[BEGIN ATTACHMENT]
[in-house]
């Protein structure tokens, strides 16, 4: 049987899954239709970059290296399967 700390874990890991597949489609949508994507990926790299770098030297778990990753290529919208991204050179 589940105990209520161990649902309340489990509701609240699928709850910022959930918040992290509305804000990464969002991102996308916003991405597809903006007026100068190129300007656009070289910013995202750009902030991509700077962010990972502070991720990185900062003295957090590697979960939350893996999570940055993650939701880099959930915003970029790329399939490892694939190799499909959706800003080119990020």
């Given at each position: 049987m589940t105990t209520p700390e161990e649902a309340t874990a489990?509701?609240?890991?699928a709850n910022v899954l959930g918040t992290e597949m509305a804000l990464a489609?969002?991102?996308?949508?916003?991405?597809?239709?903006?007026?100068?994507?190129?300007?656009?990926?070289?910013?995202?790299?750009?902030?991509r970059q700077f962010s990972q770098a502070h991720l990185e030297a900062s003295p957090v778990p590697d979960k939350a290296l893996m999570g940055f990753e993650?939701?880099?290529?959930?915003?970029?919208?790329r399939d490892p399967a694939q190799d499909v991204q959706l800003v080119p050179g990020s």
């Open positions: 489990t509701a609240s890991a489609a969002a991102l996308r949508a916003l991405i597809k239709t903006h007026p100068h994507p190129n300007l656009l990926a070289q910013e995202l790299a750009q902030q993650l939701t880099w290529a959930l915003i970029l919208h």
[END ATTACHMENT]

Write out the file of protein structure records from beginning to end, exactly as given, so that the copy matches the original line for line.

[in-house]
């Protein structure tokens, strides 16, 4: 049987899954239709970059290296399967 700390874990890991597949489609949508994507990926790299770098030297778990990753290529919208991204050179 589940105990209520161990649902309340489990509701609240699928709850910022959930918040992290509305804000990464969002991102996308916003991405597809903006007026100068190129300007656009070289910013995202750009902030991509700077962010990972502070991720990185900062003295957090590697979960939350893996999570940055993650939701880099959930915003970029790329399939490892694939190799499909959706800003080119990020």
């Given at each position: 049987m589940t105990t209520p700390e161990e649902a309340t874990a489990?509701?609240?890991?699928a709850n910022v899954l959930g918040t992290e597949m509305a804000l990464a489609?969002?991102?996308?949508?916003?991405?597809?239709?903006?007026?100068?994507?190129?300007?656009?990926?070289?910013?995202?790299?750009?902030?991509r970059q700077f962010s990972q770098a502070h991720l990185e030297a900062s003295p957090v778990p590697d979960k939350a290296l893996m999570g940055f990753e993650?939701?880099?290529?959930?915003?970029?919208?790329r399939d490892p399967a694939q190799d499909v991204q959706l800003v080119p050179g990020s």
């Open positions: 489990t509701a609240s890991a489609a969002a991102l996308r949508a916003l991405i597809k239709t903006h007026p100068h994507p190129n300007l656009l990926a070289q910013e995202l790299a750009q902030q993650l939701t880099w290529a959930l915003i970029l919208h």